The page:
A lawsuit filed on Wednesday contains multiple examples of messages allegedly sent by Amazon representatives to coax eBay sellers onto Amazon.
Amazon representatives used "creative ways" to evade being caught breaching eBay's rules by sending contact information.
eBay is suing Amazon for allegedly infiltrating eBay's messaging system in order to poach high-value sellers.
In a suit filed on Wednesday, eBay gives examples of the messages that were sent to its sellers in an effort to lure them into becoming third-party shops on Amazon.
According to the messages cited by eBay, Amazon operatives were open about their motives. "I am part of what you would call a hunter/recruiter team which actively searches for sellers we believe can do well on the platform," said one.
eBay claims that many of the messages followed a similar pattern, or in some cases were "literally identical." eBay cites this as evidence that Amazon HQ coordinated the scheme.
One such message, carried in the suit, reads:
"To whom it may concern, Good afternoon. My name is Adam I work in the shoes category at Amazon. Came across your store and really like the selection that you offer and your fantastic feedback. Have you ever considered selling on Amazon as well? If so, I'd like to chat with you about the platform. Hope to hear back from you. Best regards, Adam."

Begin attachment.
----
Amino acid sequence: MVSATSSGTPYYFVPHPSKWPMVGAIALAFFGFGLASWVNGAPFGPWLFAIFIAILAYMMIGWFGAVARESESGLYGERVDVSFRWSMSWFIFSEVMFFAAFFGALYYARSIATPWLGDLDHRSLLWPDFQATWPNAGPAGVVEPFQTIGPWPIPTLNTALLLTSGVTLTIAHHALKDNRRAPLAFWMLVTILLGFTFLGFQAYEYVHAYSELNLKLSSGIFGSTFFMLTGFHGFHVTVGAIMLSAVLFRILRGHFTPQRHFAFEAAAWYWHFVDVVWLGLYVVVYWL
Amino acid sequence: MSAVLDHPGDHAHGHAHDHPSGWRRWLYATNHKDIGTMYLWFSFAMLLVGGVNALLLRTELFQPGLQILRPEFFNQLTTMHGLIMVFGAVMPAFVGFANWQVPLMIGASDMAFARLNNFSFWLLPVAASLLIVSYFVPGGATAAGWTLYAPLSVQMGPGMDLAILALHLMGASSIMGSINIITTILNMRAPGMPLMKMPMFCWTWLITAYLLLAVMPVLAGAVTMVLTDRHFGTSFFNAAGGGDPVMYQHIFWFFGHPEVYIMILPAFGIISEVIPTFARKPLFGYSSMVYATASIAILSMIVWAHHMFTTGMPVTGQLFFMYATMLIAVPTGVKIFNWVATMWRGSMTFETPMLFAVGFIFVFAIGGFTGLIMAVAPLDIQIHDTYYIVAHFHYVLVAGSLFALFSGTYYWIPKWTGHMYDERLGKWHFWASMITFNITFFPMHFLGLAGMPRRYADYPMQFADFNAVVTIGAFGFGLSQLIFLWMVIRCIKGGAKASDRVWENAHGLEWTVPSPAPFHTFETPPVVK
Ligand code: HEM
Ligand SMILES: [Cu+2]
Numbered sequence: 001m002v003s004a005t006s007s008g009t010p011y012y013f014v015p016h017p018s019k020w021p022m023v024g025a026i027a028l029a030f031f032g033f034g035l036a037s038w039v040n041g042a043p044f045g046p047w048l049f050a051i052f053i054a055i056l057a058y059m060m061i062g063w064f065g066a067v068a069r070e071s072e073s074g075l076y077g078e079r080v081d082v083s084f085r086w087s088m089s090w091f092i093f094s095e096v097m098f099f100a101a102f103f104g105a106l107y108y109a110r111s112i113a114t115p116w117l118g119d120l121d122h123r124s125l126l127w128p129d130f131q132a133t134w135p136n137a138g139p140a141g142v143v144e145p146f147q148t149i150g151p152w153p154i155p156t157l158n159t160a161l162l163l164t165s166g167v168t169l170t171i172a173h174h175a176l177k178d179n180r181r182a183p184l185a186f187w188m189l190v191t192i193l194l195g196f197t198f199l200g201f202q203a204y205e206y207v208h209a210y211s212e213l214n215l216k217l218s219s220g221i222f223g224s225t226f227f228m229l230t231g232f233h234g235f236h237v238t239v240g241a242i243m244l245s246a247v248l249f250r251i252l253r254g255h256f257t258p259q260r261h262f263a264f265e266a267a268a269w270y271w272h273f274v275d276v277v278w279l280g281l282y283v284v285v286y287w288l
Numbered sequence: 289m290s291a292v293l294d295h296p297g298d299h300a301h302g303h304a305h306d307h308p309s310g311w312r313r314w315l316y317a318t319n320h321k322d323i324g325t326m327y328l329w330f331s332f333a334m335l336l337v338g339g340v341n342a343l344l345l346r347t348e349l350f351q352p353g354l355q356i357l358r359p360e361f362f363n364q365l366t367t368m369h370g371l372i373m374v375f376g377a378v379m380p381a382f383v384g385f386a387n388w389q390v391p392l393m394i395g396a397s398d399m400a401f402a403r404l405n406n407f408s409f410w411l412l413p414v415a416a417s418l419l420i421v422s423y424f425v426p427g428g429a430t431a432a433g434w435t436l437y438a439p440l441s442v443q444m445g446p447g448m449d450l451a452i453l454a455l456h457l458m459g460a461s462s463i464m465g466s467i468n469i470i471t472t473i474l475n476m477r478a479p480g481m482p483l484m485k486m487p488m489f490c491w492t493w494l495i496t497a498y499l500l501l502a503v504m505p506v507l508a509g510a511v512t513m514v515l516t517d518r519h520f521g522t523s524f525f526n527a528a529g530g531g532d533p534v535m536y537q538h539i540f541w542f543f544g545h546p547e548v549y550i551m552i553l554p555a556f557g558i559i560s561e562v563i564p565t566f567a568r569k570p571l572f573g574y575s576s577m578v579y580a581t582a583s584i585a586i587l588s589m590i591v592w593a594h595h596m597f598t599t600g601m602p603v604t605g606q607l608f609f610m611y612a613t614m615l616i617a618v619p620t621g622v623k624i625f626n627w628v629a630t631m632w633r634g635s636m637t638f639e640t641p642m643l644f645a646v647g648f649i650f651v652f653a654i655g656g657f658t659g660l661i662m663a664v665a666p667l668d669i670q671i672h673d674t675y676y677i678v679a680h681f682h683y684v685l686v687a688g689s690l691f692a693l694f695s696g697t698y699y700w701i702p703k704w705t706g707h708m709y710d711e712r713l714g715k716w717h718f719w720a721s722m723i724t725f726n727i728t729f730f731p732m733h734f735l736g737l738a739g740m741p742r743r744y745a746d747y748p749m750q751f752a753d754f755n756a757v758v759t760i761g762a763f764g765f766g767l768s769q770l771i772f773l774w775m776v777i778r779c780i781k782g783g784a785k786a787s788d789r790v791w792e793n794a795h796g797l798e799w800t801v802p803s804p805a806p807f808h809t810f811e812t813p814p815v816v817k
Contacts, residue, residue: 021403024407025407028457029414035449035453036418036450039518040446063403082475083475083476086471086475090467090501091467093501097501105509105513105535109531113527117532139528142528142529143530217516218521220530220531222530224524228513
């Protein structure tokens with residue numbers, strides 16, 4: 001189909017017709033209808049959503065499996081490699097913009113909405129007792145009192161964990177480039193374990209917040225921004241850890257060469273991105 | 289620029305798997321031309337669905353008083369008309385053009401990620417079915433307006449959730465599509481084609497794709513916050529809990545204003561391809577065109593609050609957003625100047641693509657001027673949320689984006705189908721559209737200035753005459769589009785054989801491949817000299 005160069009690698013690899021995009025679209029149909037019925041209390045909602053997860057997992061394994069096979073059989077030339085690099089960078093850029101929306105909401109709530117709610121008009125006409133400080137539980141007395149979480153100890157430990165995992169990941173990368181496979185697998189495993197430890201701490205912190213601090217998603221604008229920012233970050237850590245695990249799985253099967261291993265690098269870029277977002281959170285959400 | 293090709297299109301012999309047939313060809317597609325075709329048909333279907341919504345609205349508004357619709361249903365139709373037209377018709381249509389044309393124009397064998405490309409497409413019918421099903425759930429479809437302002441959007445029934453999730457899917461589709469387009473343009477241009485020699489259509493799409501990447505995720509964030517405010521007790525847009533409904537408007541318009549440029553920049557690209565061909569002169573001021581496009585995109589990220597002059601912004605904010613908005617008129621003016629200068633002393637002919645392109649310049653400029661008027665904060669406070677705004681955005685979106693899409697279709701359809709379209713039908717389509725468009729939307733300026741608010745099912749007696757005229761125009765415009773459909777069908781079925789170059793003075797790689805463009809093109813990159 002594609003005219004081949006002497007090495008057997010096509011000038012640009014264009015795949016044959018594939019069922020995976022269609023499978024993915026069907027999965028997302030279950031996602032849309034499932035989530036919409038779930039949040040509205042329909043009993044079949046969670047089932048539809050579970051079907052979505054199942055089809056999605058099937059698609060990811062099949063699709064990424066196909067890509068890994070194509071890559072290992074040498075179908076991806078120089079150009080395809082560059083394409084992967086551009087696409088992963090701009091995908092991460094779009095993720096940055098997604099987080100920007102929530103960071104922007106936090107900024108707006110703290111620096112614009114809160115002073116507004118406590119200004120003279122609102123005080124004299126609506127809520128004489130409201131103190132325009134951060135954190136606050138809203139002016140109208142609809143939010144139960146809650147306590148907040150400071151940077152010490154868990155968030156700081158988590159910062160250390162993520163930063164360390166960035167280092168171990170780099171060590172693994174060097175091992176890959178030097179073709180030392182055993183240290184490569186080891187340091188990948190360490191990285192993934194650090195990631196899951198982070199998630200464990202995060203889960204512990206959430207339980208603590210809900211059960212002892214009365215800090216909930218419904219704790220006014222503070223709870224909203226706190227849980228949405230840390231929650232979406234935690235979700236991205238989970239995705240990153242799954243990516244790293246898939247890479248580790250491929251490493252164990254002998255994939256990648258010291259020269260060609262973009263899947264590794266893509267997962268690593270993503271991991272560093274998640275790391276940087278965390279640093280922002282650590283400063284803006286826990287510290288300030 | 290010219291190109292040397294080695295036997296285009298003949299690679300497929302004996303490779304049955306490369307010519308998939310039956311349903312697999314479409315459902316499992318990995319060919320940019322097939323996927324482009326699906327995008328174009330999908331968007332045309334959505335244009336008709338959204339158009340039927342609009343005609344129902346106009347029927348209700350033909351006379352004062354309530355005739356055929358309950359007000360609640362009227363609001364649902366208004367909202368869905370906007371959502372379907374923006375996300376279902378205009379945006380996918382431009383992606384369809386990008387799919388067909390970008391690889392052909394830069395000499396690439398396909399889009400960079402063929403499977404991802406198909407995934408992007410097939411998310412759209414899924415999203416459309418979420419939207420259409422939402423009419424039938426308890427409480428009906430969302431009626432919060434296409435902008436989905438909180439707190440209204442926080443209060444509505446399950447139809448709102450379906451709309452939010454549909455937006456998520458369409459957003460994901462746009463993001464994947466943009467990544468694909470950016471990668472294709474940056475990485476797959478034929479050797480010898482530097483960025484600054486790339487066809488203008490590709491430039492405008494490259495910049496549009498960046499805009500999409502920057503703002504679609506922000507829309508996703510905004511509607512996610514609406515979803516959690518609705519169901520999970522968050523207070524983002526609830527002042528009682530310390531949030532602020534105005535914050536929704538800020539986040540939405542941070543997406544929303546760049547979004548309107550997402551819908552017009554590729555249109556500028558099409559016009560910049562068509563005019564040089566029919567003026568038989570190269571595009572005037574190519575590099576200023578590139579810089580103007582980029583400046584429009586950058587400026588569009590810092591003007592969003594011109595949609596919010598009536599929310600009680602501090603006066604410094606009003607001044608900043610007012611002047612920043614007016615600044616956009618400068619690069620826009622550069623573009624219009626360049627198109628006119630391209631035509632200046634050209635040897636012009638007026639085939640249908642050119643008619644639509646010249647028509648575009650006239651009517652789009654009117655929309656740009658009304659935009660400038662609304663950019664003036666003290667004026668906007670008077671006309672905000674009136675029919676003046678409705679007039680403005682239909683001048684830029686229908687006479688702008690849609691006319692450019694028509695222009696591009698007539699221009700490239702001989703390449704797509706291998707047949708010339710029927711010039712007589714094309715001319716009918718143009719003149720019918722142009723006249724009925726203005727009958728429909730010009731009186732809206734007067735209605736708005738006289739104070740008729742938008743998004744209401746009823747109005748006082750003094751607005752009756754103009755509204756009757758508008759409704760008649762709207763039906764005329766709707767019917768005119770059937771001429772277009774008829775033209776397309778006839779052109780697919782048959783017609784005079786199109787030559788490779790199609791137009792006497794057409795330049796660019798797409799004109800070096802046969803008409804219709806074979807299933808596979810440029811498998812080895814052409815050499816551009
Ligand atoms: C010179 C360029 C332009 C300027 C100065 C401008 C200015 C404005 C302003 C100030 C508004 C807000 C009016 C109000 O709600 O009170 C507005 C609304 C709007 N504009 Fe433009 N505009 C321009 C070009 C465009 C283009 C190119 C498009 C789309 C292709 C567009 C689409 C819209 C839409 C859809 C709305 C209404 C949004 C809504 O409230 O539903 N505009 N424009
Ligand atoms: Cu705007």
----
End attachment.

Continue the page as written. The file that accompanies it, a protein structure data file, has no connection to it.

eBay claims that Amazon representatives were aware they were breaking eBay's rules by soliciting business over its messaging service. It provides examples of what it calls "creative ways" sellers tried to get around the ban on sending contact details over the messenger.
Creative ways to poach sellers
One representative wrote their phone number with spaces between the numbers, adding: "The funky typing is
because eBay doesn’t allow for info like this to normally be put into messages."
In another message, the operative broke up the number by inserting the words "phone" and "number," and explaining "(read between the words) since eBay doesn't allow phone numbers in these messages."
Another rep explained the need for such methods to the seller they were contacting. "eBay does scan for key terms
and they don’t exactly like us poking around," they said.
eBay said that the scheme was systemic, and in some cases effective. "Amazon's efforts have borne fruit. Its representatives have discussed the success of their scheme with eBay seller prospects," the suit claims.
Amazon declined to comment. Elsewhere, it referred The Wall Street Journal to a previous statement in which it said it was carrying out a thorough investigation into the allegations.